Tom Wheelwright:

Right.

 

John Balitis:

With respect to employees, that’s kind of a different area because perhaps to a large extent, workers’ compensation is going to cover compensation for workers who contract the virus in the workplace, so we can set that group of people aside for the moment, and talk really about customers, patients, vendors, people who are entering your place of business, right? If you think about it, in this particular type of scenario, sort of unlike the car accident scenario, causation and the standard of care are much more closely linked, and this is what I mean by that. If you, in this environment, in the COVID, in the virus environment, the more precautions you take to prove or show that you met the standard of care, the least likely it’s going to be that anyone contracted the virus in your place of business. See what I mean?

 

Tom Wheelwright:

Right.

 

John Balitis:

The two … You actually start linking up these two concepts, and as you improve the objective one, as you work on the objective one, which is the standard of care, you are simultaneously addressing the more ethereal, subjective one, which is causation. What I can tell you is what you’ve been hearing. What all of you should be doing is everything OSHA and the CDC has been telling you to do and actually enhancing and granulating now for weeks. You get on the OSHA website, you get on the CDC website, and you look at every single thing they are recommending that you do, and you do it. More importantly than that, you put together a written plan that describes what you’re doing and how you’re going to do it.

 

John Balitis:

Well, and OSHA is basically saying you’re required to do that anyway if you don’t know that. Every business should be preparing and implementing a written precautionary plan relating to COVID. All plans, it’s not one size fits all because a grocery store is not going to do the same thing as a medical office, so you can’t just like sort of take a template, a cookie cutter plan, and then stamp your name on it and say, “Here’s what I’m going to do it.” It has to be a little more thoughtful and deliberate than that, and outside counsel, your legal counsel can help you prepare these plans, but if you do this and you not only draft it thoughtfully and implement it, but you train your workers to follow it, and maybe you even get them to sign a pledge that they’re going to do that, which a lot of businesses are doing, the pledge, I think that will go a long way to showing that you met your standard of care, and then once you’ve done that, it’ll become even harder for the claimant’s lawyer to try to show that there was causation in your place of business if someone catches a virus.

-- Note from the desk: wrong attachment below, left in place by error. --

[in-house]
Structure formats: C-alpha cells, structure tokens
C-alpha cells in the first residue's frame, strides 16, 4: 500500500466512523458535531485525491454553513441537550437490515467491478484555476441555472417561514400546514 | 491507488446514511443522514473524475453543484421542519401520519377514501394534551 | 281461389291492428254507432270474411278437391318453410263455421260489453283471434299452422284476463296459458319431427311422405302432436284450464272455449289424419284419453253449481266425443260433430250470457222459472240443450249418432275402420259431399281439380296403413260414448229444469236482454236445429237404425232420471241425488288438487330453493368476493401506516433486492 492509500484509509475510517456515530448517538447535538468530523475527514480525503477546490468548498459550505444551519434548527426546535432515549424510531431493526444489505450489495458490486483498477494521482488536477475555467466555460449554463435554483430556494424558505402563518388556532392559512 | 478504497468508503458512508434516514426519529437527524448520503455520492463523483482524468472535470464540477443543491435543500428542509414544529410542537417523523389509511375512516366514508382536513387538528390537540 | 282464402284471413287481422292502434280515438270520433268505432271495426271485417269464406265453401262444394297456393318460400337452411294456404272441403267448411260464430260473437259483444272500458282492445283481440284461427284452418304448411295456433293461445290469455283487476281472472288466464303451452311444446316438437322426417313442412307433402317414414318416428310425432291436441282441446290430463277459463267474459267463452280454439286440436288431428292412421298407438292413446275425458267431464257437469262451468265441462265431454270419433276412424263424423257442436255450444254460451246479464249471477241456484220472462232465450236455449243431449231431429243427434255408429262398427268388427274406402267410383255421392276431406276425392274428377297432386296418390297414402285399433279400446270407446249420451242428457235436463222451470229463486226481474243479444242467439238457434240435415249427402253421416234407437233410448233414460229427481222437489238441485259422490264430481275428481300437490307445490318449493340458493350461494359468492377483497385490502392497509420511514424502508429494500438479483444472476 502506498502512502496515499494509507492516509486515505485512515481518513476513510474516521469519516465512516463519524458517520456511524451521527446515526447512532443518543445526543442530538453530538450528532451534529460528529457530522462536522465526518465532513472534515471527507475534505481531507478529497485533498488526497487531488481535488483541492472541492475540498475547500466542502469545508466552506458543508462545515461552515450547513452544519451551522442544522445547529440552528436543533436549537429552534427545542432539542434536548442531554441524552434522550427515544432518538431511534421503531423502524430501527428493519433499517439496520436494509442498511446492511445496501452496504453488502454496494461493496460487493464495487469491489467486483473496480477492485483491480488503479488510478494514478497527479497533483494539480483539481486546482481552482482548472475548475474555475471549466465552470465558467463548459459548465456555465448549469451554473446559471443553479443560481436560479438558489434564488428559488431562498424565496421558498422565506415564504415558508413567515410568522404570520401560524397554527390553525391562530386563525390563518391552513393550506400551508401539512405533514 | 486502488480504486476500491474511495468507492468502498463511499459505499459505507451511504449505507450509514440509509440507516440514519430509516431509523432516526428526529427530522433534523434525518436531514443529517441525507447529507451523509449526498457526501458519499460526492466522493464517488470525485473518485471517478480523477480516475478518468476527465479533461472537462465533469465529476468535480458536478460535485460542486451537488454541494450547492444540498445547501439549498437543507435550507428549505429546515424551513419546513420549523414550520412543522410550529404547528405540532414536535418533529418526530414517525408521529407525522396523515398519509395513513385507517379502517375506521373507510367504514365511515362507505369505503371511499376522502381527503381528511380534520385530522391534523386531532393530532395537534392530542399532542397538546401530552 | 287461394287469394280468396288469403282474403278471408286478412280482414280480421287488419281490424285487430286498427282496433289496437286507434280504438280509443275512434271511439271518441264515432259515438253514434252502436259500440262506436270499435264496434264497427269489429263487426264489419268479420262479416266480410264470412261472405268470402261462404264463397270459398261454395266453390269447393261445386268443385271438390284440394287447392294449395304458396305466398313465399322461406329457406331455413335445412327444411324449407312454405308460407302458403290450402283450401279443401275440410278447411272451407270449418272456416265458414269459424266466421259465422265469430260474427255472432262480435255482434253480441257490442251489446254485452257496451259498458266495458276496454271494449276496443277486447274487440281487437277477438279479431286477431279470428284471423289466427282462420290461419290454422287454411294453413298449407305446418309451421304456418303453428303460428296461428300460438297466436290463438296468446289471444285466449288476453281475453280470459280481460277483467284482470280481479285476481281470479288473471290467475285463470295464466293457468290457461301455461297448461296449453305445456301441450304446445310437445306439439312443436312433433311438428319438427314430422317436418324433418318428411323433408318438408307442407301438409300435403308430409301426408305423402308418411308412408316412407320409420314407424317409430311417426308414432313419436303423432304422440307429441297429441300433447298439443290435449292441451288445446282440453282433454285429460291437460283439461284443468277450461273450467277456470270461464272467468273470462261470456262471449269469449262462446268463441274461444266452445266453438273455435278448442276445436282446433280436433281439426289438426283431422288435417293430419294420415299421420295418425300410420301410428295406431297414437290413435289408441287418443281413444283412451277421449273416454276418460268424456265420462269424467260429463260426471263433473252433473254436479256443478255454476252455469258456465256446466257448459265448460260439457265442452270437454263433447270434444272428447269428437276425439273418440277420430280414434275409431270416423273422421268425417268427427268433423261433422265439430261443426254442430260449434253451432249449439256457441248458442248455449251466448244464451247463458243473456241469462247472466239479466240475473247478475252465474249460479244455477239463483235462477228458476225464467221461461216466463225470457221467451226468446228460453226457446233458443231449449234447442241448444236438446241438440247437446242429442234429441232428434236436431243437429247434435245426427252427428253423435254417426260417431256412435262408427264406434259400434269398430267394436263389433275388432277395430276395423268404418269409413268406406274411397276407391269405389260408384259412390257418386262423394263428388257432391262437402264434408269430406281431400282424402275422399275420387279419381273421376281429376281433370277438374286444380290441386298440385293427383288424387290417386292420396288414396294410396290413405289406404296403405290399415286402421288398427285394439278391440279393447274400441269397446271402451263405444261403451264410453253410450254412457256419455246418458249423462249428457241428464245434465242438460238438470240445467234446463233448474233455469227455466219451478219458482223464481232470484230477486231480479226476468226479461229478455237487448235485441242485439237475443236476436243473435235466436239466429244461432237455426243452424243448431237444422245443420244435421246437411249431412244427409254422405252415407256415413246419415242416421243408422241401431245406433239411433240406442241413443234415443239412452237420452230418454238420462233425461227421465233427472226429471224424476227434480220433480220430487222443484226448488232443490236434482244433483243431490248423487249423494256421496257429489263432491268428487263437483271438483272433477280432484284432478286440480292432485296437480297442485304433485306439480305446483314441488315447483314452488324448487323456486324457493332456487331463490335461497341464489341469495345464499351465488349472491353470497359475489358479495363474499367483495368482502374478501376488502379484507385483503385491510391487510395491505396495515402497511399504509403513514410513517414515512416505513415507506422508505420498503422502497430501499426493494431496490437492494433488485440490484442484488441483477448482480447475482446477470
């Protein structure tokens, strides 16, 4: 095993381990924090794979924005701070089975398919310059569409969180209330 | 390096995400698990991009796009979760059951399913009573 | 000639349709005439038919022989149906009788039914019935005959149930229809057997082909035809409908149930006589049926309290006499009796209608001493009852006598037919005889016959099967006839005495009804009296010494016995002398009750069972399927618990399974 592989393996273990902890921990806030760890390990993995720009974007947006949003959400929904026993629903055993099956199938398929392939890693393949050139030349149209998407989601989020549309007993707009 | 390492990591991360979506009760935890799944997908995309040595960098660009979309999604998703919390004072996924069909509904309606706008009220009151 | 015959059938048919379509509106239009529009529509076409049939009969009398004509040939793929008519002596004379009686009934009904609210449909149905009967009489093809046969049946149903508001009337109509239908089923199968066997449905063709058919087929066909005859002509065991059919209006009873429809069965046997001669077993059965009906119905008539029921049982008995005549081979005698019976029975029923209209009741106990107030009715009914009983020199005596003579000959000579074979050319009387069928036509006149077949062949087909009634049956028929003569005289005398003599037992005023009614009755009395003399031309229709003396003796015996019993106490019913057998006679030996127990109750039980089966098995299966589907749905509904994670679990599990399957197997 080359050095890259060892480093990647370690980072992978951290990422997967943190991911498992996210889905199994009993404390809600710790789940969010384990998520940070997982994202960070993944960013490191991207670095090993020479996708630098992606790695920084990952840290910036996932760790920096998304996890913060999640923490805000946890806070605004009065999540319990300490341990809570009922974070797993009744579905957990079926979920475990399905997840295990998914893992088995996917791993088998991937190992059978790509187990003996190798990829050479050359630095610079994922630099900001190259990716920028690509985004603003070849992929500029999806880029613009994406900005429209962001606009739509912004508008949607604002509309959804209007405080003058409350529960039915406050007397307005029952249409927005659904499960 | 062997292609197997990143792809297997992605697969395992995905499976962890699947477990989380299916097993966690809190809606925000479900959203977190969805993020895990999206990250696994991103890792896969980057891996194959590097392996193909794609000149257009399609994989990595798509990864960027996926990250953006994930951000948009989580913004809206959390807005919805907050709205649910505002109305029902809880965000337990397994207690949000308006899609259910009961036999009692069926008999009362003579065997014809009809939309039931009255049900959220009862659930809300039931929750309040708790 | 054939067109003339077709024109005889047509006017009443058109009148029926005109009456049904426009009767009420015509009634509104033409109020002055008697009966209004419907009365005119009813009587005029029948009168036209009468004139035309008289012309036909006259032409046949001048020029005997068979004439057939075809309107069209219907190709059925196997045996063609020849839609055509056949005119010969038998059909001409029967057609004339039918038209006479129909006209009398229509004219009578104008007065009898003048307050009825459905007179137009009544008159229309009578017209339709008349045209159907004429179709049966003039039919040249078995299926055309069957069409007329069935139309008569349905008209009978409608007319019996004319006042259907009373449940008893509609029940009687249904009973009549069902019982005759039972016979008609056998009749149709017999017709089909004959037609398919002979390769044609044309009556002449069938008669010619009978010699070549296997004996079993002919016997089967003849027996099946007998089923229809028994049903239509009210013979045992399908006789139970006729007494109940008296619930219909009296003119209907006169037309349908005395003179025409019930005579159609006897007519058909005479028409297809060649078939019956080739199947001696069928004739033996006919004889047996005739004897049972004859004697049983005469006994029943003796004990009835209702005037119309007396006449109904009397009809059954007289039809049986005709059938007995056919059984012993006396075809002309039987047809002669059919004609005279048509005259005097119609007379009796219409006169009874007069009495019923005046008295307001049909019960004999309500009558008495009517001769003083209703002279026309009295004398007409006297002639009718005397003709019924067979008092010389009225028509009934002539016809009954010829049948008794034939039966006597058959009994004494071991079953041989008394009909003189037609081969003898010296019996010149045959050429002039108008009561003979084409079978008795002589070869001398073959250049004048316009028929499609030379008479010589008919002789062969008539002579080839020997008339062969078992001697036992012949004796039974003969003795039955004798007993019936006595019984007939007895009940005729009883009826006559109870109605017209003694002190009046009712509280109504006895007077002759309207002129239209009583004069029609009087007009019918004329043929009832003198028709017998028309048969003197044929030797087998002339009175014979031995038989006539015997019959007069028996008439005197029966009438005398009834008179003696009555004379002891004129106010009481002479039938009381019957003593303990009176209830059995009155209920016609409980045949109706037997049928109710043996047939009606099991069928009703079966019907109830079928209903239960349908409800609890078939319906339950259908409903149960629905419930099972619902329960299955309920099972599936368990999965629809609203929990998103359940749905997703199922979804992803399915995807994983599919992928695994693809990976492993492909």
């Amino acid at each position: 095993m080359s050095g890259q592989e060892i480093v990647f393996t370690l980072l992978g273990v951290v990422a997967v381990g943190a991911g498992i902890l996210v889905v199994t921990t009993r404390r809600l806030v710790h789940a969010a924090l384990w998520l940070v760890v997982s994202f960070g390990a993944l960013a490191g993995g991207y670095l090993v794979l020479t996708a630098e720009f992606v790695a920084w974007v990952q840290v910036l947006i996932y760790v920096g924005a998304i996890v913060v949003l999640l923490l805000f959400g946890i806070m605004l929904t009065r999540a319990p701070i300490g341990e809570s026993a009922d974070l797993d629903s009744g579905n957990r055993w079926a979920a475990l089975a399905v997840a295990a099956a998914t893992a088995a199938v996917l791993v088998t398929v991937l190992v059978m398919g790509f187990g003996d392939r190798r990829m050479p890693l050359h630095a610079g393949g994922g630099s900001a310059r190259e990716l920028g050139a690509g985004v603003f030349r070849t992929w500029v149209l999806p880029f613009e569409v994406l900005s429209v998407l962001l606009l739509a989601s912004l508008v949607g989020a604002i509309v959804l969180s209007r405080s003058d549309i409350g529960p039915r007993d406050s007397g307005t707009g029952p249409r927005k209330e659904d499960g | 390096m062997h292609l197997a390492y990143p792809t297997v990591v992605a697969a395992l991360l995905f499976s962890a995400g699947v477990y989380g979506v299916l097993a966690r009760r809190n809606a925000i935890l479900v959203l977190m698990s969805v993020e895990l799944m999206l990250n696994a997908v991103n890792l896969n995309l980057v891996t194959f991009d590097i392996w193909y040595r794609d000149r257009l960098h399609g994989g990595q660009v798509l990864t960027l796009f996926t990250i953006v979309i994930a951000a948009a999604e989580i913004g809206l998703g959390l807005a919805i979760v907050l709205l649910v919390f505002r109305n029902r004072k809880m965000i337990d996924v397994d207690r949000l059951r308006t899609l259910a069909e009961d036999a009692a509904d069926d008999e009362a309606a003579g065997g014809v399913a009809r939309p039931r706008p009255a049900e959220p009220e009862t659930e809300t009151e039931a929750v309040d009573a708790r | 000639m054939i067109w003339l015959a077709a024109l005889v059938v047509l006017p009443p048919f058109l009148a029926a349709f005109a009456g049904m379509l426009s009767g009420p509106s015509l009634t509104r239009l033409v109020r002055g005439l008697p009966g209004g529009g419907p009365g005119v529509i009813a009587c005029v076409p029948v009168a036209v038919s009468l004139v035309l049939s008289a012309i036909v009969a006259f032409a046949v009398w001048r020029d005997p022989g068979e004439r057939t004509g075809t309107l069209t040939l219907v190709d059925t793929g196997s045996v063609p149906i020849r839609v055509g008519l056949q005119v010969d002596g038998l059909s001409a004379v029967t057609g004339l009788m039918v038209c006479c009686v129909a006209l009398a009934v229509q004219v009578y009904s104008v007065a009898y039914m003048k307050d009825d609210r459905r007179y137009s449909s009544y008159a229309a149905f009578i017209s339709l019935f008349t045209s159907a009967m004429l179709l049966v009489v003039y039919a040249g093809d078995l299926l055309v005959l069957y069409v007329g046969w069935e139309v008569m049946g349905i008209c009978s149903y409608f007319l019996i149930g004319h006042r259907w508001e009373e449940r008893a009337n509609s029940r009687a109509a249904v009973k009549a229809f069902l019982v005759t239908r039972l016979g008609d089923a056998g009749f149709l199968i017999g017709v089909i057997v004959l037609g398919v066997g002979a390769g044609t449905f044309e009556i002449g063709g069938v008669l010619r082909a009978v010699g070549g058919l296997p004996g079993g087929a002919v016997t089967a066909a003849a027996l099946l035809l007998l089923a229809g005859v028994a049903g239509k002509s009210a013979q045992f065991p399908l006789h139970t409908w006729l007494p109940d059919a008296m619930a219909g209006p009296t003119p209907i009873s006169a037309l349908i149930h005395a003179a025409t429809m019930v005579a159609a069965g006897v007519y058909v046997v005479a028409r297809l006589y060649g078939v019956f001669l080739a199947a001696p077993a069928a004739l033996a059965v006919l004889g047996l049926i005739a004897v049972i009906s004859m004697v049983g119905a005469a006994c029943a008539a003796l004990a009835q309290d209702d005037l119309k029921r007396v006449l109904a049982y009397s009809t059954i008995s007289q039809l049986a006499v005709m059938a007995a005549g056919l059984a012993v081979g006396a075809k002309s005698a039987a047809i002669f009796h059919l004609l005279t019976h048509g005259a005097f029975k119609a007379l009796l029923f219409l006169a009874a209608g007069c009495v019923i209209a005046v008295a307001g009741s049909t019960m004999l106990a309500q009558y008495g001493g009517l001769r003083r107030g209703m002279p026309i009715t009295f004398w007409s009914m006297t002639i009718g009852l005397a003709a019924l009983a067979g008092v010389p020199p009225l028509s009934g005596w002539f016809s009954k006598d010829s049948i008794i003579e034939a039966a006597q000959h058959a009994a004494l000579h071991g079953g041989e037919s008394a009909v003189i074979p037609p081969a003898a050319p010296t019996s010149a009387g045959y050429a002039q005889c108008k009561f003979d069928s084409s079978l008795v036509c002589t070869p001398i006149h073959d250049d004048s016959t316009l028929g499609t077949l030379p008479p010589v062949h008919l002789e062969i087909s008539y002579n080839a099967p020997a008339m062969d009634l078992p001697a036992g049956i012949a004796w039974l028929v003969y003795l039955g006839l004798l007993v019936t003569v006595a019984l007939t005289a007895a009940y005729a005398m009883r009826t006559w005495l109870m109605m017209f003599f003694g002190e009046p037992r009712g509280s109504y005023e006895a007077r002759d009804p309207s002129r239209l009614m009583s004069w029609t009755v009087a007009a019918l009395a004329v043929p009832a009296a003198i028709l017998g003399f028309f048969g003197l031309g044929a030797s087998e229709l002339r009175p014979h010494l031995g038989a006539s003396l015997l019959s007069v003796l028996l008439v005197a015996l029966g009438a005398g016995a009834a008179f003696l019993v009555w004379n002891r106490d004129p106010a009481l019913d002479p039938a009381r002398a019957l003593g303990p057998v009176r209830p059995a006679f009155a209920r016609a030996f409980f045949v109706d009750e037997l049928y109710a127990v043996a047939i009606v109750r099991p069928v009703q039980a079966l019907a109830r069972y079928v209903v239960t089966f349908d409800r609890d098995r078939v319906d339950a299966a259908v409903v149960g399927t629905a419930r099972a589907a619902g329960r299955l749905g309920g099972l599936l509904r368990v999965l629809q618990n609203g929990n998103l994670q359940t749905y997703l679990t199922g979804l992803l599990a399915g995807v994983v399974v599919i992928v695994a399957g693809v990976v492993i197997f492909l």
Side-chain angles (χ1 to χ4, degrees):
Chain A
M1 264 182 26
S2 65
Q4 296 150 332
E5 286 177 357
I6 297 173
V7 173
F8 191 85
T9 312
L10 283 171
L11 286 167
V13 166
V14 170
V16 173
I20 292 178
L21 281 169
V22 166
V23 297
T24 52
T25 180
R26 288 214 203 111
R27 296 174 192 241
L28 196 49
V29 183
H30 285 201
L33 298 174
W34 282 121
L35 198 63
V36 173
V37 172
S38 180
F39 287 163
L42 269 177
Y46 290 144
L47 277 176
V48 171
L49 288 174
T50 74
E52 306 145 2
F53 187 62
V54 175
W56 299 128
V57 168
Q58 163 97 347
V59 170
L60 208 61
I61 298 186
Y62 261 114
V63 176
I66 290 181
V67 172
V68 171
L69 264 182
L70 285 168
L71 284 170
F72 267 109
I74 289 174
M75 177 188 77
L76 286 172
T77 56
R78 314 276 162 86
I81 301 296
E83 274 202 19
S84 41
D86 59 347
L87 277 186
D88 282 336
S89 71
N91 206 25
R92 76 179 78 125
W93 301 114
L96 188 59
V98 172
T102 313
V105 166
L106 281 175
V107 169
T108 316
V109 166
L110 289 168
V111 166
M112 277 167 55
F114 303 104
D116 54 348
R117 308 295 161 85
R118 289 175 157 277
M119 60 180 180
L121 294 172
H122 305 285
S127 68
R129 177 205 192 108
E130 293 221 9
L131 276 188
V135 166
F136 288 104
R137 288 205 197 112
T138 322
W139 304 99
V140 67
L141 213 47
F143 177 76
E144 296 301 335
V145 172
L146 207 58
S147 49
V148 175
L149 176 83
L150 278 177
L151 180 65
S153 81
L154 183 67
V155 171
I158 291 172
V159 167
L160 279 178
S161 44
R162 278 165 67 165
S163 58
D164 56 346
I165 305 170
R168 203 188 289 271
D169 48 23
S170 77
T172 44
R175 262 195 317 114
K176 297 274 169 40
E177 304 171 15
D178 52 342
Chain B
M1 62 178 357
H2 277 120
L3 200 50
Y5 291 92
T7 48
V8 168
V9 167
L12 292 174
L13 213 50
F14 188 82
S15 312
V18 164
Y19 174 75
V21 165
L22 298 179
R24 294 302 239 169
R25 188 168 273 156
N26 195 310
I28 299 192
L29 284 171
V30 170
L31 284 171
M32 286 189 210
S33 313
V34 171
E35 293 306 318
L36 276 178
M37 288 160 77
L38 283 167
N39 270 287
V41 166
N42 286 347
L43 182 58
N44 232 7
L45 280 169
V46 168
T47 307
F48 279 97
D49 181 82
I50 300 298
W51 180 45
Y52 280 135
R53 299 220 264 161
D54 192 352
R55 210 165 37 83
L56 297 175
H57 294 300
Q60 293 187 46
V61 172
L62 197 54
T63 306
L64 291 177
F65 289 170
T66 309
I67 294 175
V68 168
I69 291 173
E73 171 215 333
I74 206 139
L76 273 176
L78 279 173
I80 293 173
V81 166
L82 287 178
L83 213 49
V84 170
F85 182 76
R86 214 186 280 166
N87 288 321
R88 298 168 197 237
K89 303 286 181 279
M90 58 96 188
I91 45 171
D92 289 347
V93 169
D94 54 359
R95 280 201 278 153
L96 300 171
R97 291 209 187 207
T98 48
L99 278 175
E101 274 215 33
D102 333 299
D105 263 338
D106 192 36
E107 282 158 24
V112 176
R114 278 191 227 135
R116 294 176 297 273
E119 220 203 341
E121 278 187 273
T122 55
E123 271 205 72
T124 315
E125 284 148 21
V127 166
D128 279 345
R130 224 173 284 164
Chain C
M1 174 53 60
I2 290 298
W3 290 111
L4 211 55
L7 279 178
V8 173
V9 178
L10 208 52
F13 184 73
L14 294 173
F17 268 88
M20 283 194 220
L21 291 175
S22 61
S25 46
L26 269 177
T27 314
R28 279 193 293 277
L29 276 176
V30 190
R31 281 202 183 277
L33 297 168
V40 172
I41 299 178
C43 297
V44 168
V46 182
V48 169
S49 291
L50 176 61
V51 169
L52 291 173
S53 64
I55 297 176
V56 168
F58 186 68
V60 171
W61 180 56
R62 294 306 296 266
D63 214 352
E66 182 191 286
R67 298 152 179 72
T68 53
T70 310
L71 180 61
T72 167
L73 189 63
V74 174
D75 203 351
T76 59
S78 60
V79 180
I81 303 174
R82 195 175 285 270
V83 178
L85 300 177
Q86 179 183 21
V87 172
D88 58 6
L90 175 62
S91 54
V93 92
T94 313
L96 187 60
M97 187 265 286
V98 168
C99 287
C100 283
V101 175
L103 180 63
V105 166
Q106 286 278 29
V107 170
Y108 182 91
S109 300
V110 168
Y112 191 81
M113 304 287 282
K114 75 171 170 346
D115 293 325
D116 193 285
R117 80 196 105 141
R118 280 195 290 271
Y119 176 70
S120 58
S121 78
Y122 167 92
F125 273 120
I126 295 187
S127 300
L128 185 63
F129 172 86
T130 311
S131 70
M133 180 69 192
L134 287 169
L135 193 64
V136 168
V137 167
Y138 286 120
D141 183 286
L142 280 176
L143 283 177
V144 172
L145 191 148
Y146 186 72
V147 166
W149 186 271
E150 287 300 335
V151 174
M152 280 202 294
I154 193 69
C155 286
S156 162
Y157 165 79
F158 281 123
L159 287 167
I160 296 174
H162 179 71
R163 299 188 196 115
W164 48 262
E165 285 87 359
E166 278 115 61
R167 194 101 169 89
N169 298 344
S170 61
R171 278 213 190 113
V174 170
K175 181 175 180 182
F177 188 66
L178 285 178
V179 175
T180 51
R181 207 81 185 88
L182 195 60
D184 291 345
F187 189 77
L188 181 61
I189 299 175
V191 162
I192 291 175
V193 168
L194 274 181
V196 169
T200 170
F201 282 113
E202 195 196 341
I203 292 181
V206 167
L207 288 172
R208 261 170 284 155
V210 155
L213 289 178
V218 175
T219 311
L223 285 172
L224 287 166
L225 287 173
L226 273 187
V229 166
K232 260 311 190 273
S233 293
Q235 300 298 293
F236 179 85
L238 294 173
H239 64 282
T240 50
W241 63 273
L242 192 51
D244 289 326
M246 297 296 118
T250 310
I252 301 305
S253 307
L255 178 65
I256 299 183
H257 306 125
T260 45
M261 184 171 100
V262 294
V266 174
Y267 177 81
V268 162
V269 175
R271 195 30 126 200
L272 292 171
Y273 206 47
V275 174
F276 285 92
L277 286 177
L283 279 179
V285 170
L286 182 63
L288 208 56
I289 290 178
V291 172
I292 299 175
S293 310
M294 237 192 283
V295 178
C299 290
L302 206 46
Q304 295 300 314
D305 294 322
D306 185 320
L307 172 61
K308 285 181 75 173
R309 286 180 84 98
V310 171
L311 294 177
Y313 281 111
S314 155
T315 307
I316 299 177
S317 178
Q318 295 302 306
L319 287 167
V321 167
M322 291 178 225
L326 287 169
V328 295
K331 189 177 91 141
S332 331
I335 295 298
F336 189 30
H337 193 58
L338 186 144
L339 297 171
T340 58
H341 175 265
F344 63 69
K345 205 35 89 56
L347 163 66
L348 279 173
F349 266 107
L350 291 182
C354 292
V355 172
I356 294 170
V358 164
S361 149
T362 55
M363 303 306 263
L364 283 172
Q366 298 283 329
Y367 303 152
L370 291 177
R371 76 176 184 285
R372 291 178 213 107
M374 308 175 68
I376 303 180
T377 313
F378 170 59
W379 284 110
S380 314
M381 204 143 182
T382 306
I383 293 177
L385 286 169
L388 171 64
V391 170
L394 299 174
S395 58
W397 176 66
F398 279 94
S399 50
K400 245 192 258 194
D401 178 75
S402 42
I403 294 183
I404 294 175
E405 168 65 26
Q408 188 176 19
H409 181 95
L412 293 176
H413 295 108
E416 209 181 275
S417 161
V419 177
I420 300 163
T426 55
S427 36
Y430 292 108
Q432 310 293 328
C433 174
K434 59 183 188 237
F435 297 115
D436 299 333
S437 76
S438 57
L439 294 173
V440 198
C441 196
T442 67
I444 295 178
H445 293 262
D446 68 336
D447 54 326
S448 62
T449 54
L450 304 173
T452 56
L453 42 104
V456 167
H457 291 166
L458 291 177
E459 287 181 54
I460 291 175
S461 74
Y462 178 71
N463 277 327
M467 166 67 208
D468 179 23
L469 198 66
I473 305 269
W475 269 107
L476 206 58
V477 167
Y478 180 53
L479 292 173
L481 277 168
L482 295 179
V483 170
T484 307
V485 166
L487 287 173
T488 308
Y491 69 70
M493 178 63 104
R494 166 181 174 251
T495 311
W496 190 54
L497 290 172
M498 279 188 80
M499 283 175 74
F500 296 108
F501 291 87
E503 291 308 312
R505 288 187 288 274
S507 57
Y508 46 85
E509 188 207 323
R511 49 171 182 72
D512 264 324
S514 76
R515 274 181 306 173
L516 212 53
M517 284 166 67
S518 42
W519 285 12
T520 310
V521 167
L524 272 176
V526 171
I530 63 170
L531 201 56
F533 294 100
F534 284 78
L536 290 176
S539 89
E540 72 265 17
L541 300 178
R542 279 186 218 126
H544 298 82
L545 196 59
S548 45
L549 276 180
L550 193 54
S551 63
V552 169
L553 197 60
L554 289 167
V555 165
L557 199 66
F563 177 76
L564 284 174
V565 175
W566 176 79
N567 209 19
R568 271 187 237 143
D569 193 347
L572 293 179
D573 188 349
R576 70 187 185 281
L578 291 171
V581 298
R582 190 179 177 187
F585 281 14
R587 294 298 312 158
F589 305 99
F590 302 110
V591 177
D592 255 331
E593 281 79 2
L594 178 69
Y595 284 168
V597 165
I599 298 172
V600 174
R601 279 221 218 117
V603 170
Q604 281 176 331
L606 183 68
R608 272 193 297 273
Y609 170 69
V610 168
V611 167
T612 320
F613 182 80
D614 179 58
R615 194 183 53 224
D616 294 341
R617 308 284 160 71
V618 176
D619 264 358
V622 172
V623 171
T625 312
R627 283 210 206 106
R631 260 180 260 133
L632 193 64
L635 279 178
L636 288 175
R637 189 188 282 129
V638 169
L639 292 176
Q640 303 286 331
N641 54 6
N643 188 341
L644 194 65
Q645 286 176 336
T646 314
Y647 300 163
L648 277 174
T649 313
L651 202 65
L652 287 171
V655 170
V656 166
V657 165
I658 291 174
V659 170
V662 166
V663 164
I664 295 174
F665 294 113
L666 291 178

Tom Wheelwright:

In your mind, John, give us the top three things that you got to look. Yeah, we need to do everything OSHA and CDC says. What would be the top three that we need to make sure?

 

John Balitis:

Preparing the written-

 

Tom Wheelwright:

No question we have to do.

 

John Balitis:

Yeah. I think number one is preparing the written plan. Then, I know that is like a pro forma thing, but the problem is though, that if you don’t have it, you’re kind of you’re out of luck from the very beginning of whatever happens, because you can say, “Well, but wait, wait, wait, I’m doing all these things,” but then, someone is going to have to sort of like take your word for it and they’re going to suspect that you’re making the stuff up on the fly. You’ve got to prepare the written plan. Then, in terms of maybe what the couple most important things that the plan needs to incorporate, I think you have to consider screening your workers before they come into the workplace.

 

John Balitis: